Characterisation of particle-particle interactions using the atomic force microscope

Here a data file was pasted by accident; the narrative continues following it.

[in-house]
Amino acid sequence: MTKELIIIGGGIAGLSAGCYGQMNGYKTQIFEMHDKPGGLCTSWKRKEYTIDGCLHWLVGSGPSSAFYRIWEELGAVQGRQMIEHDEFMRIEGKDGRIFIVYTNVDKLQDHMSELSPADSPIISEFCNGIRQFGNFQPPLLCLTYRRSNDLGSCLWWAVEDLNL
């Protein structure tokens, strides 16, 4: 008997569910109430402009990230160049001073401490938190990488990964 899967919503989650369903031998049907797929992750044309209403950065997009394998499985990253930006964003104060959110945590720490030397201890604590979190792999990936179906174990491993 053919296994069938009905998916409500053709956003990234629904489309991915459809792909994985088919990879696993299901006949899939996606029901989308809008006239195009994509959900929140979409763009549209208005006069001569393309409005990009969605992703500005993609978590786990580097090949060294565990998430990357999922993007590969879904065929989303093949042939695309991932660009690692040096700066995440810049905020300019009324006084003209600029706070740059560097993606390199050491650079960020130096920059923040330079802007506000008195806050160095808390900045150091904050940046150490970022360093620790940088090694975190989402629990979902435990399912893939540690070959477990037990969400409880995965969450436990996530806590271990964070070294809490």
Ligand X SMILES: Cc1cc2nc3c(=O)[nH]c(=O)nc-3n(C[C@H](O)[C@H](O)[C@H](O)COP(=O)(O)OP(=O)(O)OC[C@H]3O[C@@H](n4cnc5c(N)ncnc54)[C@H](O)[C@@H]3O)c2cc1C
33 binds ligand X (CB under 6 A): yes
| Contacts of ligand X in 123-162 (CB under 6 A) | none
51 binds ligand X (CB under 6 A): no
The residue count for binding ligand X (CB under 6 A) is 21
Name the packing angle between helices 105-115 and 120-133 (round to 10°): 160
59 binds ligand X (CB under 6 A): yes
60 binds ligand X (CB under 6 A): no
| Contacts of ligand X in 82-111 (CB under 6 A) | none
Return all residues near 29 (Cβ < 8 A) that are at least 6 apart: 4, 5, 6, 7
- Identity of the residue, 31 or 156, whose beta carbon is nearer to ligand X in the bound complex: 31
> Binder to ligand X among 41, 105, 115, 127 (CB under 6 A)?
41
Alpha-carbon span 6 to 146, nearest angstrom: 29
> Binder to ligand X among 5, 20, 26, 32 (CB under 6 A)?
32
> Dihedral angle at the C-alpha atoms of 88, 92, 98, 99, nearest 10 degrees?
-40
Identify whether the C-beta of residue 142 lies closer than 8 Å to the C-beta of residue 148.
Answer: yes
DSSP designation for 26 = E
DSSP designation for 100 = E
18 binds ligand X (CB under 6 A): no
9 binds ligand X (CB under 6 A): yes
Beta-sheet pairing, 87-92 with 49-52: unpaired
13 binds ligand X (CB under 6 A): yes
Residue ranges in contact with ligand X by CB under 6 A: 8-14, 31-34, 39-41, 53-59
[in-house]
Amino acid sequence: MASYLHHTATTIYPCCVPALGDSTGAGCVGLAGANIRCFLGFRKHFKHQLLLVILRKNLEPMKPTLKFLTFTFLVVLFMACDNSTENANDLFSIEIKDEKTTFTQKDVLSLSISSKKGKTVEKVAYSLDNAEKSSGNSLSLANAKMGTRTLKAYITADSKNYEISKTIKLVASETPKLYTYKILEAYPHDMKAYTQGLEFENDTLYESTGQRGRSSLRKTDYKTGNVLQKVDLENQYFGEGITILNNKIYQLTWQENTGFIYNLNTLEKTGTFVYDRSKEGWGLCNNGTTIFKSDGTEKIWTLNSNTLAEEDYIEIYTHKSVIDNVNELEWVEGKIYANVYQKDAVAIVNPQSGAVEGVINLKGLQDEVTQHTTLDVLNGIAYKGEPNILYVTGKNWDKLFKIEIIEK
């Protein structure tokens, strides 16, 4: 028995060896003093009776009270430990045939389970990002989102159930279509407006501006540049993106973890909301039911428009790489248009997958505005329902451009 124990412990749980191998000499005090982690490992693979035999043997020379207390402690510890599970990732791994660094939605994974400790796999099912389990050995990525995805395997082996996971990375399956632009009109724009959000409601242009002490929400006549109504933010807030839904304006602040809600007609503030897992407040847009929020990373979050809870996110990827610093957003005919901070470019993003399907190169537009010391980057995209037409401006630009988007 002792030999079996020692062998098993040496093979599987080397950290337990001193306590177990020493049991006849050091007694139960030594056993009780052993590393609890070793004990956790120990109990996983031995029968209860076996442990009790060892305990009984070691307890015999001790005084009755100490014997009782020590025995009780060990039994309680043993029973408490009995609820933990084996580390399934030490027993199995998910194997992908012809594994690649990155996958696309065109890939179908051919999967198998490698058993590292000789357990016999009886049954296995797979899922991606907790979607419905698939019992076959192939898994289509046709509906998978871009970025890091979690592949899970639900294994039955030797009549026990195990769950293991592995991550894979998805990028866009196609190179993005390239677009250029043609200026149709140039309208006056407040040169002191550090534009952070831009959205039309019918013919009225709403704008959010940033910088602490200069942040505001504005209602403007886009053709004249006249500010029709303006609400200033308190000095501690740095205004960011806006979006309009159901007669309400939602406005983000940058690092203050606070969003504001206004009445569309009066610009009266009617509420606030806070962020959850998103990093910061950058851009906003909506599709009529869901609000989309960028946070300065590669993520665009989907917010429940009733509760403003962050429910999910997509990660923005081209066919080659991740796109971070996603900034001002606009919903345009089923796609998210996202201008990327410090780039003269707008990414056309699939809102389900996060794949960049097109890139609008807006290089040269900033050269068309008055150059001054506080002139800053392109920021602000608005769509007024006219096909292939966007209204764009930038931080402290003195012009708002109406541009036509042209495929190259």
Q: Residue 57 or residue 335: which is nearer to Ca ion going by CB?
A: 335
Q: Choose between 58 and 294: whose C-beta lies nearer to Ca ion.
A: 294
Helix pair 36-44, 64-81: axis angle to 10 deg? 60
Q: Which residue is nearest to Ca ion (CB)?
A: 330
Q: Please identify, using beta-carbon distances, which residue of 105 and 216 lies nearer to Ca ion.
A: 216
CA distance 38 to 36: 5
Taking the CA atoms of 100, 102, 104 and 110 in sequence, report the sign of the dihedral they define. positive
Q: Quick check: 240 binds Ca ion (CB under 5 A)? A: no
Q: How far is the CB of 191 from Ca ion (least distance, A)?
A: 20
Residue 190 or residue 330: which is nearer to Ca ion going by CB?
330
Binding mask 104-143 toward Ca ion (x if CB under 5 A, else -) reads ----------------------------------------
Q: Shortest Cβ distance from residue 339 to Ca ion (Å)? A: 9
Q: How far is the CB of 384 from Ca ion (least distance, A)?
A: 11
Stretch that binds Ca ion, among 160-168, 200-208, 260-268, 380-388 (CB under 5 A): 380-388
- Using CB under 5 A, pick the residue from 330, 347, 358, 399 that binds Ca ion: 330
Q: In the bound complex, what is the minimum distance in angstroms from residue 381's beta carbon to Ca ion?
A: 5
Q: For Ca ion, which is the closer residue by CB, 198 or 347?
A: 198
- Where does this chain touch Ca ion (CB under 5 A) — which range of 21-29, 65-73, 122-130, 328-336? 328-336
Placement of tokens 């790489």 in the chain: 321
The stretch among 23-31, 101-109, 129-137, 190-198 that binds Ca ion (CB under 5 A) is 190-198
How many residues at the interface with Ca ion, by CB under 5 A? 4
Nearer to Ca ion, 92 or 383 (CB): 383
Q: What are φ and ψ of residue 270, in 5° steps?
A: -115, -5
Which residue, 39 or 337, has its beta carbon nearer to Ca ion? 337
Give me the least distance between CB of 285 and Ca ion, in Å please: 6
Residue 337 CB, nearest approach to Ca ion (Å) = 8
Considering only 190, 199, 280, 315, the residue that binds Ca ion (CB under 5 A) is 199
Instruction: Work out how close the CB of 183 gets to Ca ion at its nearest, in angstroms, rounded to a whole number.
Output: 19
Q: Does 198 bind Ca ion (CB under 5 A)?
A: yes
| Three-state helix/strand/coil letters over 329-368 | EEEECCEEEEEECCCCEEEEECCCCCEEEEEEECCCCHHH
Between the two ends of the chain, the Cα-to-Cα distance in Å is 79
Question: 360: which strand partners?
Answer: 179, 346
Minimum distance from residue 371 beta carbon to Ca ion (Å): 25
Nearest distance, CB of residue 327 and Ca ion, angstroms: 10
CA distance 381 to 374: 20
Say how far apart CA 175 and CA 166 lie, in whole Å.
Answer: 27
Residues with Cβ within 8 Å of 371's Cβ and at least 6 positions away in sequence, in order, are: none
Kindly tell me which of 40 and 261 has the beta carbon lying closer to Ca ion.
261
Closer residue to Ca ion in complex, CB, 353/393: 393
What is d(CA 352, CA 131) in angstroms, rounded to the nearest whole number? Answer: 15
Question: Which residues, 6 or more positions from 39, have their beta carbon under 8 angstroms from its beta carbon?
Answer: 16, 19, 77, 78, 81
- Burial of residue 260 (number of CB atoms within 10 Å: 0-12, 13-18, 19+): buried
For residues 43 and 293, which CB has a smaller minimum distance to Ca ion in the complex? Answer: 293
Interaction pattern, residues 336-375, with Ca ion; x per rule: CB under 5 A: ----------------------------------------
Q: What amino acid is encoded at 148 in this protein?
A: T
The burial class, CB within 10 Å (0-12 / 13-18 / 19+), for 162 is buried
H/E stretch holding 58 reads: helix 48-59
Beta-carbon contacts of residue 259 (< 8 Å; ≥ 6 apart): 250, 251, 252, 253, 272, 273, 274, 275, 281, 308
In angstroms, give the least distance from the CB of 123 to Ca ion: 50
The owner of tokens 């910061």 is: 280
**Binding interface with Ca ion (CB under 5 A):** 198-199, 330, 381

An investigation has been conducted into factors affecting the interparticulate cohesion profile of three micronised drugs, as a function of humidity. An atomic force microscope (AFM) colloid probe technique was correlated with physico-chemical properties and in-vitro performance. Briefly, micronised drug particles of salbutamol sulphate, triamcinolone acetonide (TAA) and disodium cromoglycate (DSCG) were mounted onto Vshaped tipless cantilevers using a developed micromanipulation technique. Interactions between the AFM ‘drug probes’ and a series of model drug surfaces were conducted at a 15,30, 45, 60 and 75% relative humidity using a custom built perfusion apparatus connected to the AFM. As expected, separation energy distributions for drug probe interactions were dependent on the surface rugosity of the drug model surfaces. Separation energy measurements conducted between drug probes and individual micronised drug particles (mounted in polymer resin) suggested large variations in separation energy. Further analysis of such data suggested a lognormal separation energy distribution, however, limitations in individual particle measurements (finite particle measurements per experiment) allowed restricted statistical analysis.